Urine drug screens (UDSs) are used to identify the presence of certain medications. One limitation of UDSs is the potential for false-positive results caused by cross-reactivity with other substances. Amphetamines have an extensive list of cross-reacting medications. The literature contains reports of false-positive amphetamine UDSs with multiple antidepressants and antipsychotics. We present 2 cases of presumed false-positive UDSs for amphetamines after ingestion of aripiprazole. Case 1 was a 16-month-old girl who accidently ingested 15 to 45 mg of aripiprazole. She was lethargic and ataxic at home with 1 episode of vomiting containing no identifiable tablets. She remained sluggish with periods of irritability and was admitted for observation. UDS on 2 consecutive days came back positive for amphetamines. Case 2 was of a 20-month-old girl who was brought into the hospital after accidental ingestion of an unknown quantity of her father’s medications which included aripiprazole. UDS on the first day of admission came back positive only for amphetamines. Confirmatory testing with gas chromatography–mass spectrometry (GC-MS) on the blood and urine samples were also performed for both patients on presentation to detect amphetamines and were subsequently negative. Both patients returned to baseline and were discharged from the hospital. To our knowledge, these cases represent the first reports of false-positive amphetamine urine drug tests with aripiprazole. In both cases, aripiprazole was the drug with the highest likelihood of causing the positive amphetamine screen. The implications of these false-positives include the possibility of unnecessary treatment and monitoring of patients.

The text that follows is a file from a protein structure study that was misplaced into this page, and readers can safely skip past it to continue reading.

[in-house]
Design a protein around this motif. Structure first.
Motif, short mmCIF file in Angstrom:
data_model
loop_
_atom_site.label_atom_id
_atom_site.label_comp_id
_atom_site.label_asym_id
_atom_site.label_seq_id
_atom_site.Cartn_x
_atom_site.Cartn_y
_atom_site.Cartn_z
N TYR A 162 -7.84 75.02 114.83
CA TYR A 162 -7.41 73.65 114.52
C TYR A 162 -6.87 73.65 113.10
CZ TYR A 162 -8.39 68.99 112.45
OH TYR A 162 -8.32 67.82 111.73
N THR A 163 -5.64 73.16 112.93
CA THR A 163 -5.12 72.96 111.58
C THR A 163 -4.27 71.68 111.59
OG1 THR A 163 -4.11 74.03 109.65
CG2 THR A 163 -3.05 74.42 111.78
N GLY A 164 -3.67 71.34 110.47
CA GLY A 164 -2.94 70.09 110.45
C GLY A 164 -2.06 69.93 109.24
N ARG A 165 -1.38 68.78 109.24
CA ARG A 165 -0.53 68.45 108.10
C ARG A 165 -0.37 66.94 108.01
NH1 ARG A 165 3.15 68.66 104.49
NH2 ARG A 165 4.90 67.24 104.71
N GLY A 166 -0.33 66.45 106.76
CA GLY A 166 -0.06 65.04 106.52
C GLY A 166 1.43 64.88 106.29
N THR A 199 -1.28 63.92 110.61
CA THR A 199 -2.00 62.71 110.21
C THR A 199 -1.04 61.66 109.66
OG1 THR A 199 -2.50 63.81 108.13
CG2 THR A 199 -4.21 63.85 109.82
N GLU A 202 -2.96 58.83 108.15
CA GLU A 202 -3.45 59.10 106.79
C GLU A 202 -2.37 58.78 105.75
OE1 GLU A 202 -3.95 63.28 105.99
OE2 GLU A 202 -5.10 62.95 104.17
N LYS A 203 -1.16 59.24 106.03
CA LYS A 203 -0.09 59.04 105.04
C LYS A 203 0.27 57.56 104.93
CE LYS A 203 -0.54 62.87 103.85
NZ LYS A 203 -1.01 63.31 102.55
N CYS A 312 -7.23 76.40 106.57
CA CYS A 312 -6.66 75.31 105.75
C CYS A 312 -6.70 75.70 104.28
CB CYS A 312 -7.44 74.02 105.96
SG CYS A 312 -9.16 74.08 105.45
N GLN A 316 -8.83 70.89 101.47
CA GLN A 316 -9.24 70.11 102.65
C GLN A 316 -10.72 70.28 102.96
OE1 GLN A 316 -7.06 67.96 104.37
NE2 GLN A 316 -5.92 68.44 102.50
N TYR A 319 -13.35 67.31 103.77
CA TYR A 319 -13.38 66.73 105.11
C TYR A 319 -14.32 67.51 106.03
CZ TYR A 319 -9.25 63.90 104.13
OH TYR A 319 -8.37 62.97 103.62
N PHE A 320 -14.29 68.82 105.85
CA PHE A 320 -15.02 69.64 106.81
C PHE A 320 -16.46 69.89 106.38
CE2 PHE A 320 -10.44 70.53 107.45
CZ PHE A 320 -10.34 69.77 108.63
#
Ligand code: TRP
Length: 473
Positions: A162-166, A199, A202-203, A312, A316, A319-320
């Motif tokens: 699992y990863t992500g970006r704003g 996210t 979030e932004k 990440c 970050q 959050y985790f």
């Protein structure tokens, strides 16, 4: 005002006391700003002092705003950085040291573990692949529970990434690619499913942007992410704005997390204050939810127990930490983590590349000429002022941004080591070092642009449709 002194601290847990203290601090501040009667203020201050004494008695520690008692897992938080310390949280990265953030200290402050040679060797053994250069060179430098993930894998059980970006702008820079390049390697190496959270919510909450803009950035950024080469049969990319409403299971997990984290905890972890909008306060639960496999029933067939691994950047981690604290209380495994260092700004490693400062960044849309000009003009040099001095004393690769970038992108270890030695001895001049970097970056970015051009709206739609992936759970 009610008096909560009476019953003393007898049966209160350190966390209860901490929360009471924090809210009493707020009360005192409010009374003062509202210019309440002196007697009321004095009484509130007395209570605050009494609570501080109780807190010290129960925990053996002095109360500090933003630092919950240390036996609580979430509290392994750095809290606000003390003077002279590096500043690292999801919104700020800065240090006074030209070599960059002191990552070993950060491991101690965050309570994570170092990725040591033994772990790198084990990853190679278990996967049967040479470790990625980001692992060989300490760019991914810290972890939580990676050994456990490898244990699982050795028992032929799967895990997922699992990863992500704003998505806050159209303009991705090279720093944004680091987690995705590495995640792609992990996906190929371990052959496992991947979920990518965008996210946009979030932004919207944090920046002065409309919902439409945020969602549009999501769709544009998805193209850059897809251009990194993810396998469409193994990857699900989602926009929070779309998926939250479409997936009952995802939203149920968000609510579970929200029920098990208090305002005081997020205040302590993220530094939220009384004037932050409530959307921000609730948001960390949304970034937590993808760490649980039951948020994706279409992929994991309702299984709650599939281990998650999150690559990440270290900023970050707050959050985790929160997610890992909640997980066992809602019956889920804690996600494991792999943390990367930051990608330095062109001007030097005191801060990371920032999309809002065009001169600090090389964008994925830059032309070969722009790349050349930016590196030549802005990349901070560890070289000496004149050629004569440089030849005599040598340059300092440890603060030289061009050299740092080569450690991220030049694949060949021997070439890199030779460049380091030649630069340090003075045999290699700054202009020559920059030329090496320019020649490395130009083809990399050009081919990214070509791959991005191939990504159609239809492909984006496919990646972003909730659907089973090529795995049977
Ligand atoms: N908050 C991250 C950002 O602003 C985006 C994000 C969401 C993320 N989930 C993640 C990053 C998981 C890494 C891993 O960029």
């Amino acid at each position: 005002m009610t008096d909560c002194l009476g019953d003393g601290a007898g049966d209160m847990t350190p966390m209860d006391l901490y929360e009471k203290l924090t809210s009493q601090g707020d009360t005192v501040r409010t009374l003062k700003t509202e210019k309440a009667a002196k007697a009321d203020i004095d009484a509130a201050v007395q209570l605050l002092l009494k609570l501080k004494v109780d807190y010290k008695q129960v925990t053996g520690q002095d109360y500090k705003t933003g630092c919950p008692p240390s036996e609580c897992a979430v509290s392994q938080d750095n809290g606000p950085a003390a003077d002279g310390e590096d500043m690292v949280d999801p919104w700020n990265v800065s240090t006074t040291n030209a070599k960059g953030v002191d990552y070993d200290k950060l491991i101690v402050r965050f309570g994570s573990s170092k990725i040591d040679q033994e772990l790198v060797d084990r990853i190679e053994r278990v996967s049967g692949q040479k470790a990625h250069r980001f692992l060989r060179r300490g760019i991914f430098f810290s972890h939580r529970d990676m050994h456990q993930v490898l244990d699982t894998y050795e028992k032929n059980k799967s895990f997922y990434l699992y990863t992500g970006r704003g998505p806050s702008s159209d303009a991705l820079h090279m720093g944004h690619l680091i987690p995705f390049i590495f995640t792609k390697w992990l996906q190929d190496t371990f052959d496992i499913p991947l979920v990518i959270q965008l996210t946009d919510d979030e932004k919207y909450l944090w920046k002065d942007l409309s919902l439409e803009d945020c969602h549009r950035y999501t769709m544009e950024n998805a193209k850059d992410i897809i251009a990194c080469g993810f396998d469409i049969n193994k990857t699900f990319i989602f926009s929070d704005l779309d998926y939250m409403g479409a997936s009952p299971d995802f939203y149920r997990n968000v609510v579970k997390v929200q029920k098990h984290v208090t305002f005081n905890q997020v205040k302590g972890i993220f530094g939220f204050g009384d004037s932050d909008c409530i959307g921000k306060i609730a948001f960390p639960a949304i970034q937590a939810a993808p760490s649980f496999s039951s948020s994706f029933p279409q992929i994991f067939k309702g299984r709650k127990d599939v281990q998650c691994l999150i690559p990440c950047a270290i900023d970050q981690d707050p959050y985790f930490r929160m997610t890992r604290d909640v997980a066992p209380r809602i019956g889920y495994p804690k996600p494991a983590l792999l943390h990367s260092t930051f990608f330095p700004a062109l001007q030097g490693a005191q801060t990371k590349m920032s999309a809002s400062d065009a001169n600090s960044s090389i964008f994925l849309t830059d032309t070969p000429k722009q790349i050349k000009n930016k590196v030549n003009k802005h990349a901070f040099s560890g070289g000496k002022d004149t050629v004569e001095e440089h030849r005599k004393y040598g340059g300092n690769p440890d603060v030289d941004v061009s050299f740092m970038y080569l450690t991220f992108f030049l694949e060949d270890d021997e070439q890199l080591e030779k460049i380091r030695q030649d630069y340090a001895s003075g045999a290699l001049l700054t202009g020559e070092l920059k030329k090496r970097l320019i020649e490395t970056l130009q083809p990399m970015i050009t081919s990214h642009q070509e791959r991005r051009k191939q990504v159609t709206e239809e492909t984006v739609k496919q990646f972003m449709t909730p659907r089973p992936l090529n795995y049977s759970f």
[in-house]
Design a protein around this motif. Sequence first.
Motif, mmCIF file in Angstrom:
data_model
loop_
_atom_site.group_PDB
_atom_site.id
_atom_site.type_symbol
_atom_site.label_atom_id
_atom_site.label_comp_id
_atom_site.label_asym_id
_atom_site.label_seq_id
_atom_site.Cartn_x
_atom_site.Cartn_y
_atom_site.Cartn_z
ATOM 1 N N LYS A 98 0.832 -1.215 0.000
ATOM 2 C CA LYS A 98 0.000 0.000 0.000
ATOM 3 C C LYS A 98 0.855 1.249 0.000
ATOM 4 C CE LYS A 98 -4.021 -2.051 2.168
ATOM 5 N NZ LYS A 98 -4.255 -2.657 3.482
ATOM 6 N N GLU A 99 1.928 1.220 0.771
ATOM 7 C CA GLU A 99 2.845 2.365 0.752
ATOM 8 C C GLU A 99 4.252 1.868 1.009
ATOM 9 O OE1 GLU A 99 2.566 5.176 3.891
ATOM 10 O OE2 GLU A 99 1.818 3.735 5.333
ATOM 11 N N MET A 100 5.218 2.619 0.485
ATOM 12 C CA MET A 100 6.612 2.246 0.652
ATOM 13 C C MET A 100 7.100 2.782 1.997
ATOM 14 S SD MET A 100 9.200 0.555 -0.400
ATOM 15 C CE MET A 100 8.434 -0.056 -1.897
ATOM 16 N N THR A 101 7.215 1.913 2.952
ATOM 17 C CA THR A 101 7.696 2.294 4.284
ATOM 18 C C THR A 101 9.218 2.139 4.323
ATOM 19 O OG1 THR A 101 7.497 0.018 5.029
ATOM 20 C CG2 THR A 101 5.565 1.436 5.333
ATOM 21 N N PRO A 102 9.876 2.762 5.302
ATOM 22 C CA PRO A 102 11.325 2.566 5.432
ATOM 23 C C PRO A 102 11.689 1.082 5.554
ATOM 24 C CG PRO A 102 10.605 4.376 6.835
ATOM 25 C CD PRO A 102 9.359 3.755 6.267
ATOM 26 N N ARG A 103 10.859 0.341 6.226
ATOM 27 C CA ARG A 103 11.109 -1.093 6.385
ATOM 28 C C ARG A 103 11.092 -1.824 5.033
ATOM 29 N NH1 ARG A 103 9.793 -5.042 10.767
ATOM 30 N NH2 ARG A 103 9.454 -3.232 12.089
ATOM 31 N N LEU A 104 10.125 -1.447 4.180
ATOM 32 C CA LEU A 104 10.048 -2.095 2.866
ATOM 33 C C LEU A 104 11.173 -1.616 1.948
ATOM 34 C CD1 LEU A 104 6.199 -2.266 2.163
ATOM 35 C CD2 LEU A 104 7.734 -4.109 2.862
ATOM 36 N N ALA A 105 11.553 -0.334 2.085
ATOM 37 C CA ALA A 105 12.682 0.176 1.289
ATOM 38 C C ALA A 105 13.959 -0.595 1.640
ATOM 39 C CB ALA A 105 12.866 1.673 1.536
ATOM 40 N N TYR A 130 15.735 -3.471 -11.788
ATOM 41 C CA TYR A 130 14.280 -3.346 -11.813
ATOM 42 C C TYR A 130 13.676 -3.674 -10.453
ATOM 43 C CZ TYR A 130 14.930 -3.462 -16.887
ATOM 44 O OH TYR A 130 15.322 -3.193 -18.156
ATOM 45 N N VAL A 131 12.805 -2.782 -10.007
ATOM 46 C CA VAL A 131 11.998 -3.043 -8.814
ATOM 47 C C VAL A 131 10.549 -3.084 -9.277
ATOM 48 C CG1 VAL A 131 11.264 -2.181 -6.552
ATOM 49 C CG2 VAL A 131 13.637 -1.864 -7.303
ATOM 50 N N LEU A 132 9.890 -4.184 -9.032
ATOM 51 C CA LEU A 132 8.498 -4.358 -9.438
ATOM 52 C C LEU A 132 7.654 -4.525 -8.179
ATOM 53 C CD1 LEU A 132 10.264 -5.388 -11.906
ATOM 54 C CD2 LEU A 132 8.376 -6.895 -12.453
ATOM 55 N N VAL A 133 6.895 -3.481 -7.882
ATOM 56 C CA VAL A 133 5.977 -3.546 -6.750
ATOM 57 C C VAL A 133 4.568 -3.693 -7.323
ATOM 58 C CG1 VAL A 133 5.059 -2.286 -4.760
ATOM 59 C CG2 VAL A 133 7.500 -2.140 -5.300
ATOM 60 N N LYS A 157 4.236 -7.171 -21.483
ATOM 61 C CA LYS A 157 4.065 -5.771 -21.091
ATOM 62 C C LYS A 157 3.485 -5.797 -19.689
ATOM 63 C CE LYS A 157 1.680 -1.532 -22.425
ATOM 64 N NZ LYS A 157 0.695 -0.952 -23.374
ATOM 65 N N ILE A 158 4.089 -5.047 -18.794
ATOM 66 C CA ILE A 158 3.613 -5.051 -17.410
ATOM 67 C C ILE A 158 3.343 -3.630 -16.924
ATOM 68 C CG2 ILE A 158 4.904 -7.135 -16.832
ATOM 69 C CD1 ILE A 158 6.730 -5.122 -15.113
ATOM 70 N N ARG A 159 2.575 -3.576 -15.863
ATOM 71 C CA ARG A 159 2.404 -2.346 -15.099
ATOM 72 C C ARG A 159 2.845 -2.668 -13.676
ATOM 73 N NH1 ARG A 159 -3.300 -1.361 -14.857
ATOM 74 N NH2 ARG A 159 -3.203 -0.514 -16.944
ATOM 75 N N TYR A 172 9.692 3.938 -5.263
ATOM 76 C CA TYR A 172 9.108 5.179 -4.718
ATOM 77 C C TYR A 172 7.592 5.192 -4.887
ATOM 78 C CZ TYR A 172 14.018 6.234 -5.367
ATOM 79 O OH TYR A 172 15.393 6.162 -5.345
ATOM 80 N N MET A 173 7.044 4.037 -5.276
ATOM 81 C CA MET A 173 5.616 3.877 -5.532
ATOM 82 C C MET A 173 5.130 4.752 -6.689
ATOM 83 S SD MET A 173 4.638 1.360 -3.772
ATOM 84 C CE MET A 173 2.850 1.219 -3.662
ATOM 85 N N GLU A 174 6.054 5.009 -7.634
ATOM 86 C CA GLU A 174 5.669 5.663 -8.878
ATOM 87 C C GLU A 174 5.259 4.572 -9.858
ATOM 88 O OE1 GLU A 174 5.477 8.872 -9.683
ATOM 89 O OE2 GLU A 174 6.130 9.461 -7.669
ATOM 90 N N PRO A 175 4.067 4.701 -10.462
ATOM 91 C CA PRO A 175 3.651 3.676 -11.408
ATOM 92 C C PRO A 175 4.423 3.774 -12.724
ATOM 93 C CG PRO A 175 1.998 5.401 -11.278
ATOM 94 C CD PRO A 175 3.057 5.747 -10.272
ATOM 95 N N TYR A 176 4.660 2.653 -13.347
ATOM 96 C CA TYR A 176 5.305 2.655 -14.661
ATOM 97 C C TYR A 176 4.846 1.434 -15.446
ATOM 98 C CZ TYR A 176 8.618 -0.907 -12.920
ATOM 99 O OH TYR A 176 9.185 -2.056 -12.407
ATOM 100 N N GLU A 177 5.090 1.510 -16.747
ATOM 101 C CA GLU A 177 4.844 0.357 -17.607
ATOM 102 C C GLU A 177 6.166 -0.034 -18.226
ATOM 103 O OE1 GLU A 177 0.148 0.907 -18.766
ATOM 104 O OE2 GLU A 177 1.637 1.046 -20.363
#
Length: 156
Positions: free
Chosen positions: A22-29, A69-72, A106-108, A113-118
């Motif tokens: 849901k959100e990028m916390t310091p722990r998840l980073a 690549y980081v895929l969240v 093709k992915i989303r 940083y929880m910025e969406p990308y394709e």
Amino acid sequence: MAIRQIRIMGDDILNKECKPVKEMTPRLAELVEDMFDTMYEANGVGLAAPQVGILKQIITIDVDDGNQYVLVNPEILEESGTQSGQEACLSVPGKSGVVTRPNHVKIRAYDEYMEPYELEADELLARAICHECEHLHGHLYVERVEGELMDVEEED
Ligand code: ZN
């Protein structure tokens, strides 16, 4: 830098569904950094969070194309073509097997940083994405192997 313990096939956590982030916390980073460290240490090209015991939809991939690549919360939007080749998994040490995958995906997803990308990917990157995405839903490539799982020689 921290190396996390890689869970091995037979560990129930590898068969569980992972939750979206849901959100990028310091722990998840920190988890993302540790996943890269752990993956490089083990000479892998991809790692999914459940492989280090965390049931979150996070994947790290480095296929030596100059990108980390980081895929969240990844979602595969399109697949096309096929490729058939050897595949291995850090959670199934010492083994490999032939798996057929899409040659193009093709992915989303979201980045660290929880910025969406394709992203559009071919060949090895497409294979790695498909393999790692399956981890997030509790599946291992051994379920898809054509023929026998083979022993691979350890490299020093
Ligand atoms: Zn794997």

- Accepted August 24, 2015.
- Copyright © 2015 by the American Academy of Pediatrics